Construct validity refers to whether an assessment measures a theorized psychological construct. In the case of SmarterMeasure, construct validity is a measurement of the degree to which SmarterMeasure is an indicator of a learner's level of readiness for studying in an online or technology rich environment. Results from the three studies described below indicate that SmarterMeasure has strong construct validity in that it is an indicator of the goodness of fit for distance learning as is evidenced by multiple correlations that are statistically significant at the .01 level.
It should be noted that SmarterMeasure is not designed to be a predictor of academic success. There are a myriad of variables which impact academic success in online courses ranging from the student's intelligence to the level of interactivity of the online faculty member. SmarterMeasure is an indicator of the degree to which online, hybrid and technology rich courses are a good fit for a student. SmarterMeasure does not make a value judgment indicating that a student should or should not take the courses. Rather it informs the student of their strengths and opportunities for growth in areas related to taking these type courses. If a student is indicated to be deficient in a certain area and then if the school provides appropriate remediation and/or support, then SmarterMeasure can serve as a retention tool by helping students succeed as they learn in the context of online or technology rich courses.
In 2011 a major for-profit university conducted an extensive validity study to determine if SmarterMeasure was being an accurate indicator of the student success variables of academic achievement, engagement, satisfaction and retention. Statistically significant relationships were found between SmarterMeasure scores and each of these four constructs. A summary of these findings is provided below you can read a copy of the final report of Phase One and Phase Two of this study.
Academic Achievement and Retention were compared to SmarterMeasure scores using grade and enrollment data.
- The measures of Individual Attributes, Technical Knowledge, and Life Factors had statistically significant mean differences with the measures of GPA.
- The measure of Learning Styles had a statistically significant mean difference between students who were retained and those who left. A 73% classification accuracy of this retention measure was achieved.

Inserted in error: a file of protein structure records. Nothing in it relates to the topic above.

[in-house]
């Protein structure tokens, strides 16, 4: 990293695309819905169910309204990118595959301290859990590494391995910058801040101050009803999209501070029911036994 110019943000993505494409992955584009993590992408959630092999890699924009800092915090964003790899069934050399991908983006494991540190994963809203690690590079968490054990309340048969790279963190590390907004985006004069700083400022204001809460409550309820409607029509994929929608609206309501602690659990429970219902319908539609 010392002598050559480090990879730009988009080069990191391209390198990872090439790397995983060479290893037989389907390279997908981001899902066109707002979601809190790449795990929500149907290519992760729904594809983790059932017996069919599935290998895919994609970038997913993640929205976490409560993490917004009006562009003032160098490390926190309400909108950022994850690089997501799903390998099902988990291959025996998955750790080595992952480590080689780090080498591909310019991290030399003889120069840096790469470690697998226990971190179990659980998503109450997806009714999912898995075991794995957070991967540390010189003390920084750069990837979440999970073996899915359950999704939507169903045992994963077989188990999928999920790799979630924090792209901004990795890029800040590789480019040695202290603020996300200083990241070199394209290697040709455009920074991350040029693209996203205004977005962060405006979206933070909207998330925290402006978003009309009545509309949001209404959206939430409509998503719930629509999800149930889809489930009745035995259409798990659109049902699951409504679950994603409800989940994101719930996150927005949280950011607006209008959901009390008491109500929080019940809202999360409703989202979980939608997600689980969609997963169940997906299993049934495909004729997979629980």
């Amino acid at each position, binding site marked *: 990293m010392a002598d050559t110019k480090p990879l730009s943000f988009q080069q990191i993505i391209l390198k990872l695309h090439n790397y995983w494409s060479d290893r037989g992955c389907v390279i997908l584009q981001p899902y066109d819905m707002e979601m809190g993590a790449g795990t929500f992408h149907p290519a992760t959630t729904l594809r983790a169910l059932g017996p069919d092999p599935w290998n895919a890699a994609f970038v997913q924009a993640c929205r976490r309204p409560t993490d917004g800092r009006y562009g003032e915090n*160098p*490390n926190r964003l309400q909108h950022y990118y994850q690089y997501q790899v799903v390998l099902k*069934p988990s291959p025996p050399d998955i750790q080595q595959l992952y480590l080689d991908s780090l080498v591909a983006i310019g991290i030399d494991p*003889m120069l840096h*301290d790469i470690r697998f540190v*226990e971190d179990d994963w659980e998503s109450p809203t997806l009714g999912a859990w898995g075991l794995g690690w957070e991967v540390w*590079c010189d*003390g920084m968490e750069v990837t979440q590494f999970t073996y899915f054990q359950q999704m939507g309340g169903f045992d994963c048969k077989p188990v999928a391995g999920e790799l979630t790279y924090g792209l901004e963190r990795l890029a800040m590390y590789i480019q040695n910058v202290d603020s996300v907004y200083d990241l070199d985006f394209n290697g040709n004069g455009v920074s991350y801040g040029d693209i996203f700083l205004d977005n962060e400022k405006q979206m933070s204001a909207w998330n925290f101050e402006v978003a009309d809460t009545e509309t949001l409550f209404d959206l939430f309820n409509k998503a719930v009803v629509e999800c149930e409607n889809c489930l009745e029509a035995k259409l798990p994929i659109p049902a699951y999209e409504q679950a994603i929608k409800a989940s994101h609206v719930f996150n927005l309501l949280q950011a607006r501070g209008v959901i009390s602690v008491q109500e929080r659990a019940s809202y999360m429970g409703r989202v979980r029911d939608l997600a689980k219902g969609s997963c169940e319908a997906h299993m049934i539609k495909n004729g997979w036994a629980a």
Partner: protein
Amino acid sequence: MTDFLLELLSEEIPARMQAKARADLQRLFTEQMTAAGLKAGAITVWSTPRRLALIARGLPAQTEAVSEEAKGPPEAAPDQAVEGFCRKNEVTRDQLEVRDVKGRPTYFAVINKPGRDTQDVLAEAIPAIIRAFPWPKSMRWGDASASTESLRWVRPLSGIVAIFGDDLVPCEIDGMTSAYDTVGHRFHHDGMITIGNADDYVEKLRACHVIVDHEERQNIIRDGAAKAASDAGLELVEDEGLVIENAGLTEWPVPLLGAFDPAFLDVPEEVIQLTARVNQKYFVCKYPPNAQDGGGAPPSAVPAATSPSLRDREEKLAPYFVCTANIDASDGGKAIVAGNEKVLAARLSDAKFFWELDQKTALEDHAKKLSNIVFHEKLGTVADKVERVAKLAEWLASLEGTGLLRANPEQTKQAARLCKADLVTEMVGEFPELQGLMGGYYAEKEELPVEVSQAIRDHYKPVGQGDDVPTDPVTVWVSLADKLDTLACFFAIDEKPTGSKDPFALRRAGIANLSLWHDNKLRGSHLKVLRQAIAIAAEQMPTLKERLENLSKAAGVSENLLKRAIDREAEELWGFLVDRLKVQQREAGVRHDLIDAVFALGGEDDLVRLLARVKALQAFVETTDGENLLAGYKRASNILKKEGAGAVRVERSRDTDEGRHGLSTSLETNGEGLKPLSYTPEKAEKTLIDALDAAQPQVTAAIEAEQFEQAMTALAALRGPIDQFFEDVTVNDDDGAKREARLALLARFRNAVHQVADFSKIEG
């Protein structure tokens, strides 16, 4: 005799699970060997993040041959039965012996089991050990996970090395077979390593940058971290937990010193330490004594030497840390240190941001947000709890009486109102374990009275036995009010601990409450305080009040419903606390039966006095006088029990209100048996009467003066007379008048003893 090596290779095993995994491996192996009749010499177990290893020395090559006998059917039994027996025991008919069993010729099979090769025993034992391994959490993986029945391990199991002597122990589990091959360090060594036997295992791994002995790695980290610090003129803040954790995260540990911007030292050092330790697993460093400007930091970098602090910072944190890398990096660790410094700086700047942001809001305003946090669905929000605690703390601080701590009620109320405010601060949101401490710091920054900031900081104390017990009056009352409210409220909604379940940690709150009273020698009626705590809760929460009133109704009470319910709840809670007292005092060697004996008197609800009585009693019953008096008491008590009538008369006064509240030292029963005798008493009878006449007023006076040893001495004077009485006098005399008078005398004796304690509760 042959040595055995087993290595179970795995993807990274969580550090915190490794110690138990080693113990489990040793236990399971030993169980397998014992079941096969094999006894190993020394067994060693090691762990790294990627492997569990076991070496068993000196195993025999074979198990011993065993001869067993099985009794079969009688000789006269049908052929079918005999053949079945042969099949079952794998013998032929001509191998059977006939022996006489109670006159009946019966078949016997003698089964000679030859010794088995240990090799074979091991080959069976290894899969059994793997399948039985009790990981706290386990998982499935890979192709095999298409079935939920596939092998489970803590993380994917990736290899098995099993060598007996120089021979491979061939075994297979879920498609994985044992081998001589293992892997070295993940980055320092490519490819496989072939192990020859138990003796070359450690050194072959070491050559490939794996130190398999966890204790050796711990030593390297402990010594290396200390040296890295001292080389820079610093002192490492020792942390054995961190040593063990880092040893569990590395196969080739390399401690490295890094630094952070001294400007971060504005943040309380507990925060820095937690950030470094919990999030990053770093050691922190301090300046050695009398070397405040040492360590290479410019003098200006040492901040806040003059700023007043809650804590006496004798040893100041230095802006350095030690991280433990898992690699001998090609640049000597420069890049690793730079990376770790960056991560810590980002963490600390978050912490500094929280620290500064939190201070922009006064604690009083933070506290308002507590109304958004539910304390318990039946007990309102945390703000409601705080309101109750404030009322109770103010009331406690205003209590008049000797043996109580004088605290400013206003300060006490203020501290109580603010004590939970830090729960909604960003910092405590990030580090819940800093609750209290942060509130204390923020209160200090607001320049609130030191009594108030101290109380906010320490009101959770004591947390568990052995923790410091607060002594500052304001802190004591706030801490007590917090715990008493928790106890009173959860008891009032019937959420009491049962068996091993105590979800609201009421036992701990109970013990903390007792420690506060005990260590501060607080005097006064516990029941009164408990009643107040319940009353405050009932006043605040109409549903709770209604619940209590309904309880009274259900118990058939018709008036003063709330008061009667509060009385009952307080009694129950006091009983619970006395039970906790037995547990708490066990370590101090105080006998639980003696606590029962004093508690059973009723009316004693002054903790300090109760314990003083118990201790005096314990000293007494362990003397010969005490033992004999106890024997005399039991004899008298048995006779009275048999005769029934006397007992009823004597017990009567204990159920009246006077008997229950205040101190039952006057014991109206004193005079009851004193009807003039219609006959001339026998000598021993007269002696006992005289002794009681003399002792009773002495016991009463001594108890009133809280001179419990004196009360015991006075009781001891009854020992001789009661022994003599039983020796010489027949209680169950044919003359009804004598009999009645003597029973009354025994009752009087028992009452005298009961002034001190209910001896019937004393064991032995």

- The measures of Individual Attributes and Technical Knowledge were statistically significant predictors of retention as measured by the number of courses taken per term.
Satisfaction and Engagement were compared to SmarterMeasure scores using students' responses to an online survey.
- The measures of Individual Attributes and Life Factors had statistically significant mean differences on six of the seven survey items. Reading Rate, Technical Knowledge, and Technical Competency had significant differences on four of the seven items.
- The measures of Individual Attributes and Technical Competency had statistically significant relationships with the four survey items related to Engagement. The items of hours per week spent on course related activities; number of times per week logging into course; length of discussion board postings; and number of times contacting technical support can be predicted given knowledge of Individual Attributes, and more specifically the subscales listed.
- The measures of Life Factors, Individual Attributes, Technical Competency, Technical Knowledge, and Learning Styles were used to correctly classify responses to the survey questions related to engagement and satisfaction with up to 93% classification accuracy.
- Structural equation modeling was used to create a hypothesized theoretical model to determine if SmarterMeasure scores would predict satisfaction as measured by the survey. Results indicated that prior to taking online courses, student responses to the readiness variables were important indicators of later student satisfaction/retention. The structural coefficient for Ready predicting Satisfy, = .36, was statistically significant (z = 6.01, p = .0001). Therefore, the multiple SmarterMeasure assessment scores are a statistically significant positive predictor of the survey responses.
Further analysis revealed that the predictive nature of SmarterMeasure scores as classified by the Readiness Ranges can be improved using recommended adjustments to the grading thresholds.